Bread & Water, Wine & Oil: An Orthodox Christian Experience of God

http://www.amazon.com/Bread-Water-Wine-Oil-Experience/dp/1888212918

Any thoughts on this book?
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« Reply #64 on: December 16, 2010, 12:26:16 PM »

This is not meant to be sarcastic:

Mark
Matthew
Luke

in that order

the Psalms

and the Orthodox Way

Fr. Seraphim of Patina? Really? Head scratcher there.

And why don't the mods enforce referring to Fr. Seraphim of Patina properly. He is not Fr. Seraphim Rose according to my understanding of how monastics are referred to. Please correct me if I am wrong.

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« Reply #65 on: December 16, 2010, 12:28:32 PM »

Why is that a headscratcher? That book seems to be widely accepted as an initial teaching in Orthodoxy, why do you feel it is not?

I agree with your reading in the Bible in that order from Mark, Matthew and then Luke. I'd save Romans and Revelation for last.
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« Reply #66 on: December 16, 2010, 06:31:22 PM »

1) The Apostolic Fathers by Michael W. Holmes
2) The Arena by +Ignatius Brianchaninov
3) Against False Union by Alexander Kalomiros
4) The Way of the Pilgrim
5) The Law of God by Fr. Serafim Slobodskoi

6) The Soul after Death by Fr. Seraphim Rose
7) Orthodox Dogmatic Theology by Fr. Michael Pomazansky
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« Reply #67 on: December 16, 2010, 06:56:00 PM »

The Holy Gospel
The Holy Psalter
Father Arseny
The Brothers Karamazov
Abbot Nikon's Letters to Spiritual Children (The letters of Fr. John Krestiankin and Fr. John of Valaam would also be good here.)

For converts, for cradles, for young and old, for those stranded on desert islands, etc.
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« Reply #68 on: December 16, 2010, 09:01:27 PM »

7) Orthodox Dogmatic Theology by Fr. Michael Pomazansky

I just started this one. I should have read it years ago!
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« Reply #69 on: December 17, 2010, 05:31:09 AM »

Hope to read the Orthodox Church soon by Met Ware. (that is his title right?)
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« Reply #70 on: December 17, 2010, 05:45:44 AM »

Quote

The Soul after Death by Fr. Seraphim Rose


Avoid!   You will encounter some priests who treat it as Orthodox doctrine.  You will encounter other priests who see it as a gross aberration of Orthodox doctrine.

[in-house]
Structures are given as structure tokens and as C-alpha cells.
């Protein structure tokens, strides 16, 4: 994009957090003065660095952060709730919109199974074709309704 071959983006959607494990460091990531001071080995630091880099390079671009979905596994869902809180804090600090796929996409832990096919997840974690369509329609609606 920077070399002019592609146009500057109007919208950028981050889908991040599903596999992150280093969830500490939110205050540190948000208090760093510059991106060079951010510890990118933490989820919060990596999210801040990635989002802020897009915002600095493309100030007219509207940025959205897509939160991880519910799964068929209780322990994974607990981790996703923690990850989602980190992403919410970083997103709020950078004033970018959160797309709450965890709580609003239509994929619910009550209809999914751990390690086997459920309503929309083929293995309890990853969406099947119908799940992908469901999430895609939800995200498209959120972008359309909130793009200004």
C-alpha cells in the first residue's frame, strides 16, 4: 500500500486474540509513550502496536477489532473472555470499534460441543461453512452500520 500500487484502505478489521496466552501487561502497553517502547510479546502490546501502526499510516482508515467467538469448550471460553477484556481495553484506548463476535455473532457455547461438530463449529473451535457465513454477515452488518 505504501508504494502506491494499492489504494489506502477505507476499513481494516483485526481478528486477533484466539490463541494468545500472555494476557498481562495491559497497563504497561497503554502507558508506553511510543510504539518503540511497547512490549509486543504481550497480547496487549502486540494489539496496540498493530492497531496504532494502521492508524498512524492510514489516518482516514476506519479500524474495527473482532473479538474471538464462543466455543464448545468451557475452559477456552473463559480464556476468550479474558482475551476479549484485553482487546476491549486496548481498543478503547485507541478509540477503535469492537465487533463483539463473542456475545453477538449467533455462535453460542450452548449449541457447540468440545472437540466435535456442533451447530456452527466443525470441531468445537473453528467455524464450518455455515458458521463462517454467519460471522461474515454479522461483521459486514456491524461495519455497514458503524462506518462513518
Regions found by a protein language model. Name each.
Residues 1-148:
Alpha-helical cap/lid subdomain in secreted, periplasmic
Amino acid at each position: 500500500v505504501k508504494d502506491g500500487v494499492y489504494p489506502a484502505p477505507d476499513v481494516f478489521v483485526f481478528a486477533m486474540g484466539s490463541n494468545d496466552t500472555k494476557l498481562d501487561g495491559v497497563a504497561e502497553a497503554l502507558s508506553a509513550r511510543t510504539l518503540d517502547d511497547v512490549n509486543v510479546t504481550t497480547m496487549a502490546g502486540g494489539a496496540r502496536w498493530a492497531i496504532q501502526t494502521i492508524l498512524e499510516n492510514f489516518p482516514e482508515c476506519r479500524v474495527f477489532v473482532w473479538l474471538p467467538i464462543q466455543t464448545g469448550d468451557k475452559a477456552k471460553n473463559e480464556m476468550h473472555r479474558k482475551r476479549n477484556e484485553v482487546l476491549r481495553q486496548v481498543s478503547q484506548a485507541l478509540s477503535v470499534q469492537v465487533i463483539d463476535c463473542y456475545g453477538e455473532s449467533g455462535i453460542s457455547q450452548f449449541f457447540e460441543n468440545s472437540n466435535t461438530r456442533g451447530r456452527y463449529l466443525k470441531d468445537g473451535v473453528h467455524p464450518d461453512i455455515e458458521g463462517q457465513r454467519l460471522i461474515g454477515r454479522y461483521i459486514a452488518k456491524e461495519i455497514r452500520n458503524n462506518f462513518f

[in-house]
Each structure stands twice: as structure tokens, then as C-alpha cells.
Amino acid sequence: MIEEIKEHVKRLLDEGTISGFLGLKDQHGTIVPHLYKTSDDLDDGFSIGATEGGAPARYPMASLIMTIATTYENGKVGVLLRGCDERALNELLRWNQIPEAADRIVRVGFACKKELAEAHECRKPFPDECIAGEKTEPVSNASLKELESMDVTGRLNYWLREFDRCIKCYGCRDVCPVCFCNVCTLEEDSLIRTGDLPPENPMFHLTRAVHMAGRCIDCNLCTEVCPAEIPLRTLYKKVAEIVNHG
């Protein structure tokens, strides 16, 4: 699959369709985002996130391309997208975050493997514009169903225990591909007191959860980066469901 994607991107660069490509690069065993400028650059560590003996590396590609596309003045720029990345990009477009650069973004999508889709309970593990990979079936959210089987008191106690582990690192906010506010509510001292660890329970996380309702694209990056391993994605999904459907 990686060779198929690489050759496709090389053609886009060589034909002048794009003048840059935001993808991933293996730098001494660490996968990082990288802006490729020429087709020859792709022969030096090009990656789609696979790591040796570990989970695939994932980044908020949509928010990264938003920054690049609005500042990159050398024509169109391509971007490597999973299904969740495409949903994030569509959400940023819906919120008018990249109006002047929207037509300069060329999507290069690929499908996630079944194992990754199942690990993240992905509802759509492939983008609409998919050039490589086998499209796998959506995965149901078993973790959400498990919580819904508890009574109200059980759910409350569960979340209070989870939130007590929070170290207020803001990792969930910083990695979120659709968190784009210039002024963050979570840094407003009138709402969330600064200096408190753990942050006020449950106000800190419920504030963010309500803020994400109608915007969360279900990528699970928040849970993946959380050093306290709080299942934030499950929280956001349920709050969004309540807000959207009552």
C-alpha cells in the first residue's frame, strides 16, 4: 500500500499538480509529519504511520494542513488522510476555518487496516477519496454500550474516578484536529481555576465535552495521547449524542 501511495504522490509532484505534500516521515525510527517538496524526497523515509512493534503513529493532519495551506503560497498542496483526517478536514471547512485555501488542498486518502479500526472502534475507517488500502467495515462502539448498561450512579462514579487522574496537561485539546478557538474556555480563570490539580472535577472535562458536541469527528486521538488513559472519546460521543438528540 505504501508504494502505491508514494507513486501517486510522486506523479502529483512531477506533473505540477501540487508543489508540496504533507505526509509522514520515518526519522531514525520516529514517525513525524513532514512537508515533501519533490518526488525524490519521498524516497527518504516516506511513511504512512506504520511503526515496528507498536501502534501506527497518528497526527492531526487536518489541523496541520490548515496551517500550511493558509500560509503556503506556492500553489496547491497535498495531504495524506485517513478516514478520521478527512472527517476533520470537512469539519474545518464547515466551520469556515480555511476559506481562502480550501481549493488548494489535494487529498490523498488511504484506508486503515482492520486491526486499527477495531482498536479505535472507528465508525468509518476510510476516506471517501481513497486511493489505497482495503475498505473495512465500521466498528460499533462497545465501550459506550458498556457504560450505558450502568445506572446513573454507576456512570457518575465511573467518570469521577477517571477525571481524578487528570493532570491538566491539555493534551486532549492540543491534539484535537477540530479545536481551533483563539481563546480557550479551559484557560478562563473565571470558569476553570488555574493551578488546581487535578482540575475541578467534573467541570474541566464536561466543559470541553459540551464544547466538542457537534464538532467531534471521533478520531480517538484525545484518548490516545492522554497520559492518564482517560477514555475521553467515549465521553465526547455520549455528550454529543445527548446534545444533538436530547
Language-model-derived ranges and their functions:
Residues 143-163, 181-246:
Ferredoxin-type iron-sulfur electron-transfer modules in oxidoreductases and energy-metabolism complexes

In other words, its contents are controversial within Orthodoxy and must not be considered as universal Orthodox teaching.
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« Reply #71 on: December 17, 2010, 02:36:10 PM »

GK Chesterton wrote, among other things, a book called Orthodoxy. Although he is not talking about the Orthodox church he quite easily could be. All his books are worth reading and so I am surprised he gets no mention.

I believe there is a movement to beatify him in the RCC. From reading about him and reading him he comes over as a thoroughly lovely man and maybe deserving of the RCC's higher accolades. His works don't, however,jar on Orthodox sensibilities
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« Reply #72 on: December 17, 2010, 02:40:56 PM »

"Journals" of Fr. Alexander Schmemann. Every line is worth reading and pondering on, I believe. I am not sure, however, have they ever been translated into English. The Russian original is here, http://krotov.info/libr_min/25_sh/shme/man_41.htm#1
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« Reply #73 on: December 17, 2010, 03:12:45 PM »

The Orthodox Way by Met. Ware was the first remotely Orthodox book I ever read.  I read it for a Russian history class in college.  It planted the Orthodox seed. (Also, for the same class I had to read One Day in the Life of Ivan Denisovich--another interesting tome)

The Apostolic Fathers are what changed me from Protestant to Orthodox in my thinking.  

I liked the Gallatin book very much.

The Way by Carlton was also pretty good.  

Both the books  about Father Arseny (Priest, Prisoner, Spiritual Father and Cloud of Witnesses) should be required reading.

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« Reply #74 on: December 17, 2010, 03:27:47 PM »

For the time being I think that devotional literature tends to be more edifying that book about dogmatics. Therefore I picked:

1) His Life is mine by Elder Sophrony (Sakharov)
2) Father Seraphim Rose: His Life and Works by Hieromonk Damascene
3) Ecclesiasticus by God
4) The Orthodox way by Metropolitan Kallistos (Ware)
5) Way of the Ascetics by Tito Colliander

Not in any specific order though.

EDIT: Right. I should have read the OP first. So no Scriptures. Substitute Ecclesiasticus with some book about Saints. I'd pick some book about Mother Xenia of Petersburg or maybe Vita Patrum by St. Gregory of Tours.